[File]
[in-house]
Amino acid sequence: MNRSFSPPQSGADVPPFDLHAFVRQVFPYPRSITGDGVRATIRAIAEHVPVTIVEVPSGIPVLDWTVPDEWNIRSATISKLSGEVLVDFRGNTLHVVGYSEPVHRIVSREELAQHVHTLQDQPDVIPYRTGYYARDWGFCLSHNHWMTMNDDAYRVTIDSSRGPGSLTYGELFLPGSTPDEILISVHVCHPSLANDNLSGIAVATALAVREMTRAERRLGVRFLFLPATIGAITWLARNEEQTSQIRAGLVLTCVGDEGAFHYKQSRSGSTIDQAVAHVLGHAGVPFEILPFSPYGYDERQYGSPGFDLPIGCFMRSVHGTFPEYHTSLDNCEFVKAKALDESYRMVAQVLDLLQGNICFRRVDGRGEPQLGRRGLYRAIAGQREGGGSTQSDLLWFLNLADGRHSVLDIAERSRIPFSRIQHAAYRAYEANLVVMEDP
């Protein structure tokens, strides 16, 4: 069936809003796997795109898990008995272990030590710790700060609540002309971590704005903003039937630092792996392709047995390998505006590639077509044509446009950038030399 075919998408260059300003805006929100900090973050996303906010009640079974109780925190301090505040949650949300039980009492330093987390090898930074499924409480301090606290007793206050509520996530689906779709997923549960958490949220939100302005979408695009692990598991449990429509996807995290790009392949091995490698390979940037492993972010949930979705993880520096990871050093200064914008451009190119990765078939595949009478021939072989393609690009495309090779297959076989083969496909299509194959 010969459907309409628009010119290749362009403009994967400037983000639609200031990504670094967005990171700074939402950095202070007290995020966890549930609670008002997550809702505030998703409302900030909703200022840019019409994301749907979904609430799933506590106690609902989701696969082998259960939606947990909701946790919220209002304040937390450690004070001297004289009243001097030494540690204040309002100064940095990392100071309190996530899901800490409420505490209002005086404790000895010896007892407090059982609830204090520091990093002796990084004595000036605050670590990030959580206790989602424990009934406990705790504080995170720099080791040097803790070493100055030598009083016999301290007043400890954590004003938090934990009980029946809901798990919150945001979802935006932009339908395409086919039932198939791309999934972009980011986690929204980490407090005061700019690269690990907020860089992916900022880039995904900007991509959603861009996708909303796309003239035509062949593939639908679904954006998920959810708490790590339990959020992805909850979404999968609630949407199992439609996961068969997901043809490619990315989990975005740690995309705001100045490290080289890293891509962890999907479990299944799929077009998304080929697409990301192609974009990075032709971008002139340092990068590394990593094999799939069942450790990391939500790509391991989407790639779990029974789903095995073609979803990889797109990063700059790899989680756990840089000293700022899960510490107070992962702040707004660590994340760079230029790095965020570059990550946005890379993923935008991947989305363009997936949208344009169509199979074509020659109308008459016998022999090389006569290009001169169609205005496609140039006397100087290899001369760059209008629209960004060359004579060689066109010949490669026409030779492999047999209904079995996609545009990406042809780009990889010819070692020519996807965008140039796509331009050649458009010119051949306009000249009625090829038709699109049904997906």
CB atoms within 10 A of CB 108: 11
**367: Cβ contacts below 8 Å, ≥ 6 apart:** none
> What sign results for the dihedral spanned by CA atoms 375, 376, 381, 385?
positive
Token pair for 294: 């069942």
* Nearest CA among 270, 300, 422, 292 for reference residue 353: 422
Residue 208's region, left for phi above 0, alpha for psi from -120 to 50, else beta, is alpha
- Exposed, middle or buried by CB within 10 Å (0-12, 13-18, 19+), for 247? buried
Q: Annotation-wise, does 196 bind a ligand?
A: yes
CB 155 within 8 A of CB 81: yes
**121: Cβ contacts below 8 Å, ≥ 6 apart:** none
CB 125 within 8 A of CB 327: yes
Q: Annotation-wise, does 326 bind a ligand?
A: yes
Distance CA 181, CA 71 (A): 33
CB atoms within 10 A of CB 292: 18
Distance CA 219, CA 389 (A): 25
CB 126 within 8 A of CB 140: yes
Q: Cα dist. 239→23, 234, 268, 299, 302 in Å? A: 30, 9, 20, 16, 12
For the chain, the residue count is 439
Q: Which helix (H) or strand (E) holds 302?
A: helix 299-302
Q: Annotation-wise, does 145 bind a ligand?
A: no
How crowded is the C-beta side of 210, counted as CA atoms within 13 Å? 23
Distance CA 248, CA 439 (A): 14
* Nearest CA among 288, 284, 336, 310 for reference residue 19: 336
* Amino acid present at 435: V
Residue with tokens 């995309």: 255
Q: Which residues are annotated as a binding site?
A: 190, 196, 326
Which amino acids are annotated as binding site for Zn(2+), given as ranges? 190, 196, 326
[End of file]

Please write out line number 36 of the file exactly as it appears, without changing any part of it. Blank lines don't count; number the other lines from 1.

Which amino acids are annotated as binding site for Zn(2+), given as ranges? 190, 196, 326